Chances are if you’ve ever taken piano lessons, you probably spent at least a little bit of time on piano chords. But learning the names of a few basic chords and actually understanding chord theory are two different things. And while it’s possible to learn to play the piano without learning chords, there are several benefits to learning theory.
Many piano students complain that music theory is too hard to understand. They quickly give up in favor of simply playing the piano by reading a score of written music. Those who take the time to get the basis of chord theory find that chordal theory helps them in several ways.
Learning chord-based theory is something like learning math. You can simply memorize the fact that 2 + 2 = 4. And that may get you by for a few years in school. Or, you can learn and understand why 2 + 2 = 4.
Once you do, you’ll be able to succeed in math when the formulas become much too hard to simply memorize and regurgitate. The same is true of the chord theory. It’s one thing to memorize a chord chart. If you don’t understand how chords work, your skills won’t get you very much further than basic piano playing.
One of the most obvious benefits of learning chords is. That you will soon develop the skill of playing piano by ear. Have you ever watched a band play, such as those on late-night TV talk shows? The pianists seem to be able to pick up any song, off the cuff. And begin playing it without the advantage of sheet music or having practiced.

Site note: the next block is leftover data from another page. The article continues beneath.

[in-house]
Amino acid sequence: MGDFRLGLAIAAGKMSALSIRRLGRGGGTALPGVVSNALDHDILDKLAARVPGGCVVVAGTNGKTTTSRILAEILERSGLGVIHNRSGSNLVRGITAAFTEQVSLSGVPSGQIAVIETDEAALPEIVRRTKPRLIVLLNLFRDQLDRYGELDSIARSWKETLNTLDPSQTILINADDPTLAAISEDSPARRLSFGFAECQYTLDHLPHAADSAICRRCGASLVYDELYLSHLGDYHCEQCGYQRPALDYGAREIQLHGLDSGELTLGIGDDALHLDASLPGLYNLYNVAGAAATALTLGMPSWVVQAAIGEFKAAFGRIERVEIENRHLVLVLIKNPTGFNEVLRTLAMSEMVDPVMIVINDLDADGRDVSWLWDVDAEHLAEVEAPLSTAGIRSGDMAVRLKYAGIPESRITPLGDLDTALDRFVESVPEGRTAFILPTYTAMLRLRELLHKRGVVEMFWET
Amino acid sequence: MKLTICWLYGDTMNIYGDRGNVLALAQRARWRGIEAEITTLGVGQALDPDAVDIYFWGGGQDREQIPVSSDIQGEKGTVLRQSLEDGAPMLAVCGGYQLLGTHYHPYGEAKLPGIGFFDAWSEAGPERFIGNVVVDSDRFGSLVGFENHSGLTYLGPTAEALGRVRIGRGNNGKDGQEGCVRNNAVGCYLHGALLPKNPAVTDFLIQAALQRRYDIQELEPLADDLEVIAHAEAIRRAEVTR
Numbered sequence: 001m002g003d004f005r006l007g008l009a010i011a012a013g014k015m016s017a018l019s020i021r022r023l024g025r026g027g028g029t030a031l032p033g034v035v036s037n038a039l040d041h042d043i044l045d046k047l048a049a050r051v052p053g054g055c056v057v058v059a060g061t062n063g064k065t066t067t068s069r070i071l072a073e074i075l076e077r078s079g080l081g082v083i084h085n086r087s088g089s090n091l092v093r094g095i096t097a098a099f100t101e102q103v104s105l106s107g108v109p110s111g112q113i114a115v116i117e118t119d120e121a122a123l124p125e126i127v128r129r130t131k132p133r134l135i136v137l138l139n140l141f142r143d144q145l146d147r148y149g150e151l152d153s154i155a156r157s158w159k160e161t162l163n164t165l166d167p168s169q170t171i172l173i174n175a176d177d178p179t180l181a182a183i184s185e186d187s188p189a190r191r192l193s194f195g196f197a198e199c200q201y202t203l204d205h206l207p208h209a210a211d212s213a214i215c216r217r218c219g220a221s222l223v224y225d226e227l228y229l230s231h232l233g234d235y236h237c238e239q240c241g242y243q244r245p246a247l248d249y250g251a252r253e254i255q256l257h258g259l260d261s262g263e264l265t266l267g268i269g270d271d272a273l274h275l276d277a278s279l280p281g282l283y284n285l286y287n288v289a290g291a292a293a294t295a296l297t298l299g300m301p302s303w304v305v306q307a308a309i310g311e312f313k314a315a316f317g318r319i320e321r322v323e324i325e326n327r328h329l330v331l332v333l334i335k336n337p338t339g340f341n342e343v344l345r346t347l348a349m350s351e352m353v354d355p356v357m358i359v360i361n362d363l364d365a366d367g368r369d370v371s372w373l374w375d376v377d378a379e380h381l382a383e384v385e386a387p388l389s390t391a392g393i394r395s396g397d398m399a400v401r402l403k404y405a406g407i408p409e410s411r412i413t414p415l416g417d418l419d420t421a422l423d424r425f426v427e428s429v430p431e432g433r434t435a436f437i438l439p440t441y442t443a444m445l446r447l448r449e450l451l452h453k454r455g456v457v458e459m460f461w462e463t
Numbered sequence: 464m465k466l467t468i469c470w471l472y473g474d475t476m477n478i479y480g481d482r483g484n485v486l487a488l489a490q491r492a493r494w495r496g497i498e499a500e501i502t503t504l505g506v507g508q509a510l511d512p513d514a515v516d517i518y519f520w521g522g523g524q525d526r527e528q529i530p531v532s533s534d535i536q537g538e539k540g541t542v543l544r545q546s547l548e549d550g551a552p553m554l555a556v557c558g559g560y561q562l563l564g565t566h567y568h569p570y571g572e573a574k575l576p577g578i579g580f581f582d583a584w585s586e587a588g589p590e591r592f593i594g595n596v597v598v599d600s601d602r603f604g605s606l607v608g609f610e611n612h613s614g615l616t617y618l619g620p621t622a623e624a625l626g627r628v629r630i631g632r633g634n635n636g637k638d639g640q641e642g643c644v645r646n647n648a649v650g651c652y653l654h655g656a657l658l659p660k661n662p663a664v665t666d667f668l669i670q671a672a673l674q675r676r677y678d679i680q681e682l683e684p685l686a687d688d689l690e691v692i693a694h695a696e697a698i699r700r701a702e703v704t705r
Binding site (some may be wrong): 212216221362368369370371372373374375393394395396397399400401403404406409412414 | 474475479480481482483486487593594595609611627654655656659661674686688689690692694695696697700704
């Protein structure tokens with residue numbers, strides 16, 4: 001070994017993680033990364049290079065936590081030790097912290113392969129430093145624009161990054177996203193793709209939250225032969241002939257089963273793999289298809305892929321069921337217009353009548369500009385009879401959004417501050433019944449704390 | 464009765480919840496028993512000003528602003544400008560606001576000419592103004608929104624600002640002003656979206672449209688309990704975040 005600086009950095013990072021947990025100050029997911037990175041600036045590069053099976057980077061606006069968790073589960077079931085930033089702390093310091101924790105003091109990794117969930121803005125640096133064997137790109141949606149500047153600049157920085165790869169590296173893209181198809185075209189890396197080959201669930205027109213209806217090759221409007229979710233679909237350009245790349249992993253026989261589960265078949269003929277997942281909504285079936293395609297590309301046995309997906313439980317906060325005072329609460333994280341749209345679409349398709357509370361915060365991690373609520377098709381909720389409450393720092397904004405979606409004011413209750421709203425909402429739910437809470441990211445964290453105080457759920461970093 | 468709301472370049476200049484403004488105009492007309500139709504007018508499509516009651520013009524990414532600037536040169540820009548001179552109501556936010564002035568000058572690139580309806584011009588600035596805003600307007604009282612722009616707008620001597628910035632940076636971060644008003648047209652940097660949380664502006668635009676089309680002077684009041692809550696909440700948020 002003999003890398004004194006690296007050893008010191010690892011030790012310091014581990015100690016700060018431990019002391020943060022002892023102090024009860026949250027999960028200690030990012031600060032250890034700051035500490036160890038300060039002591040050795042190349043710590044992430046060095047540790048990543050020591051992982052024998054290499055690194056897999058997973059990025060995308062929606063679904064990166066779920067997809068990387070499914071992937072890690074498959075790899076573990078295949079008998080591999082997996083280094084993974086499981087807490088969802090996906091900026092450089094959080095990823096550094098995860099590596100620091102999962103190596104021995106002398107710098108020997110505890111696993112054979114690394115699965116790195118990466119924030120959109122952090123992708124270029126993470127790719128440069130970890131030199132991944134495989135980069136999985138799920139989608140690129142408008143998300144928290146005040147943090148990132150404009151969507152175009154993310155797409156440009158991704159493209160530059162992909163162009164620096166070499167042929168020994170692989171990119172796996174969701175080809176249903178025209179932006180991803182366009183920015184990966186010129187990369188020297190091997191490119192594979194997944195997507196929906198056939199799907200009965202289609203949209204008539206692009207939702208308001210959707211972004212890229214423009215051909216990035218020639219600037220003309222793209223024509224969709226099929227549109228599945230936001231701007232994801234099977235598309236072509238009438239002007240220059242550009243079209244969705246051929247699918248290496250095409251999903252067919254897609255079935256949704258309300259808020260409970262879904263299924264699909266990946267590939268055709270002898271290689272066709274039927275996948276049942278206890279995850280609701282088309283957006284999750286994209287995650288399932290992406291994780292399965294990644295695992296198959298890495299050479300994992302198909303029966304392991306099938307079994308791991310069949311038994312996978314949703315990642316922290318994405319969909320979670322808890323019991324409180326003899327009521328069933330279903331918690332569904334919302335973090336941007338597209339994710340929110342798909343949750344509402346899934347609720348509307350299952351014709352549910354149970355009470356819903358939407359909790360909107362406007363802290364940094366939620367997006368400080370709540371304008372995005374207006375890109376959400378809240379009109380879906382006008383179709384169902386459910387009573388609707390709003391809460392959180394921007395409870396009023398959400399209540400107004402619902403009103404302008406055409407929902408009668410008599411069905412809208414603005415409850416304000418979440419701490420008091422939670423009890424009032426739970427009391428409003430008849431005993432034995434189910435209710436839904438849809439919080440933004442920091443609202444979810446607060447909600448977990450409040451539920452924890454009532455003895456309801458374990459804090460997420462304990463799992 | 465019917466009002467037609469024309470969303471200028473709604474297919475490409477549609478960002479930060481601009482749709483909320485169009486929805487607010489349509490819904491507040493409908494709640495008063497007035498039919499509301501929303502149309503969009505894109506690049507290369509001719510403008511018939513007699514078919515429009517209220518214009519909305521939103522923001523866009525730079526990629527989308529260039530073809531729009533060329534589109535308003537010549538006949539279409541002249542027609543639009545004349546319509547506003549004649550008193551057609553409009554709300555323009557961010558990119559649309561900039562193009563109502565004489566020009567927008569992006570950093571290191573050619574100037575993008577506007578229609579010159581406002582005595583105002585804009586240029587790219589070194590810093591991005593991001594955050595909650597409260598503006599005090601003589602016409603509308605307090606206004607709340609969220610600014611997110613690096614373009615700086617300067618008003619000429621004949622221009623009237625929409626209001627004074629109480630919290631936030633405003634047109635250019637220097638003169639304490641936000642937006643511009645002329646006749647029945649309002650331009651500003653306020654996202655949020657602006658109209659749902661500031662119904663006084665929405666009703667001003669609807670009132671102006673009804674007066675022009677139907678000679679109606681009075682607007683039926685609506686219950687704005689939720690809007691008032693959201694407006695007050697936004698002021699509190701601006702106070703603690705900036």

That’s music theory at work. There are few things more thrilling than to sit down at a piano, impromptu, and provide accompaniment for any song.
Those musicians with a bent toward writing original music will find. That knowing theory is essential in creating music for lyrics. Even if you don’t transcribe the music yourself, chord theory will give you the means of communicating your ideas to the transcriptionist. The final product will be exactly as you envision it.
Once you understand how chords work, you’re also in a better position to learn to play other instruments. If not play them yourself, be able to work with other musicians in the setting of a band.
For example, another instrument that relies heavily upon chord theory is the guitar. This is why many piano players find it easy to pick up on playing the guitar. In a band, the music relies very heavily upon the lead of the guitar and the piano. Knowledge and understanding of chord theory ensure that the pianist and guitarist are always on the same page, so to speak.
It’s vital to find a good instructor when it comes to chords. It may mean the difference between giving up in frustration and success by becoming proficient. Taking advantage of jam sessions in your area will also help you put chord theory skills into practice in a casual environment.
You’ll be able to learn from other musicians whose passions are similar. Plus, students who learn chord theory notice a marked improvement in their general piano playing skills.
Source by Duane Shinn